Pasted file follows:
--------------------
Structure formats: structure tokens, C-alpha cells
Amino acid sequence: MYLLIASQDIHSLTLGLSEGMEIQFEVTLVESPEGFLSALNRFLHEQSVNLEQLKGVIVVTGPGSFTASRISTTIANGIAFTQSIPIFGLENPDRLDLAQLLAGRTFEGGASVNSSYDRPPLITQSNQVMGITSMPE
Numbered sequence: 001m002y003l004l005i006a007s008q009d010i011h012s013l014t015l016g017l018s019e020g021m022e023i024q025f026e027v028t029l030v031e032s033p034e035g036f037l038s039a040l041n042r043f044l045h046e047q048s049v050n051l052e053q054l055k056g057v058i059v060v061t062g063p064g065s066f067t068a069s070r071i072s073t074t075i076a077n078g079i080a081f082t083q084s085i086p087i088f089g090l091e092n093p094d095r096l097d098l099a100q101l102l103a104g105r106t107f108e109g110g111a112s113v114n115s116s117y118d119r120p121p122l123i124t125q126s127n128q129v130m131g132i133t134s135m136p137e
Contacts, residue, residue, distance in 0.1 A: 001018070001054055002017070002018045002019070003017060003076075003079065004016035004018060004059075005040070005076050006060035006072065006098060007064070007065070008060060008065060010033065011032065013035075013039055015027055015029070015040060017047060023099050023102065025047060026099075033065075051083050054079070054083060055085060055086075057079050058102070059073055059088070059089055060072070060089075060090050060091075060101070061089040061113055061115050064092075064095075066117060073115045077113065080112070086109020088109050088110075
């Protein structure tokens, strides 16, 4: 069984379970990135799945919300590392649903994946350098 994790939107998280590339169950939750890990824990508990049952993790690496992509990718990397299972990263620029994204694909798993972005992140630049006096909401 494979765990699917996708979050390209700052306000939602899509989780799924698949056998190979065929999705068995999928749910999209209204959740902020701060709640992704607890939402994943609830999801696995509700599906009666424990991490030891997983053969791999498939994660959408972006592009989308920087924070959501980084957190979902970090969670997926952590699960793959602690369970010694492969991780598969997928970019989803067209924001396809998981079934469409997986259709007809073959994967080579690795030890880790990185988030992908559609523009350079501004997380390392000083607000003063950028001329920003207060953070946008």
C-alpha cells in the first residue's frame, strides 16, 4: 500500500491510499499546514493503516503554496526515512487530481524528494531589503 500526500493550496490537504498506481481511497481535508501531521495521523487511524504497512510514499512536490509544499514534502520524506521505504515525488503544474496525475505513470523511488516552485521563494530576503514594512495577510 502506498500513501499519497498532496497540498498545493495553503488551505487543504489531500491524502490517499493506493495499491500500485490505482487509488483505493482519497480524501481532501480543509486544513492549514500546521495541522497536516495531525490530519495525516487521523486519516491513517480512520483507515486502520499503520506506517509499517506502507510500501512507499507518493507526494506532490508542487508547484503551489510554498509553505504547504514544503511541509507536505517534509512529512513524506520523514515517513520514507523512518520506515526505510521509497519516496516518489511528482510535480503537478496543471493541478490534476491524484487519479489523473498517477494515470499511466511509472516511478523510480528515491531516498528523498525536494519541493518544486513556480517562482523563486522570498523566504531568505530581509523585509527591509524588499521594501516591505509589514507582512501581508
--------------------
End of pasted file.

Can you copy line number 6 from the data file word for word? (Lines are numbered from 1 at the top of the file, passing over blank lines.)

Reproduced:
C-alpha cells in the first residue's frame, strides 16, 4: 500500500491510499499546514493503516503554496526515512487530481524528494531589503 500526500493550496490537504498506481481511497481535508501531521495521523487511524504497512510514499512536490509544499514534502520524506521505504515525488503544474496525475505513470523511488516552485521563494530576503514594512495577510 502506498500513501499519497498532496497540498498545493495553503488551505487543504489531500491524502490517499493506493495499491500500485490505482487509488483505493482519497480524501481532501480543509486544513492549514500546521495541522497536516495531525490530519495525516487521523486519516491513517480512520483507515486502520499503520506506517509499517506502507510500501512507499507518493507526494506532490508542487508547484503551489510554498509553505504547504514544503511541509507536505517534509512529512513524506520523514515517513520514507523512518520506515526505510521509497519516496516518489511528482510535480503537478496543471493541478490534476491524484487519479489523473498517477494515470499511466511509472516511478523510480528515491531516498528523498525536494519541493518544486513556480517562482523563486522570498523566504531568505530581509523585509527591509524588499521594501516591505509589514507582512501581508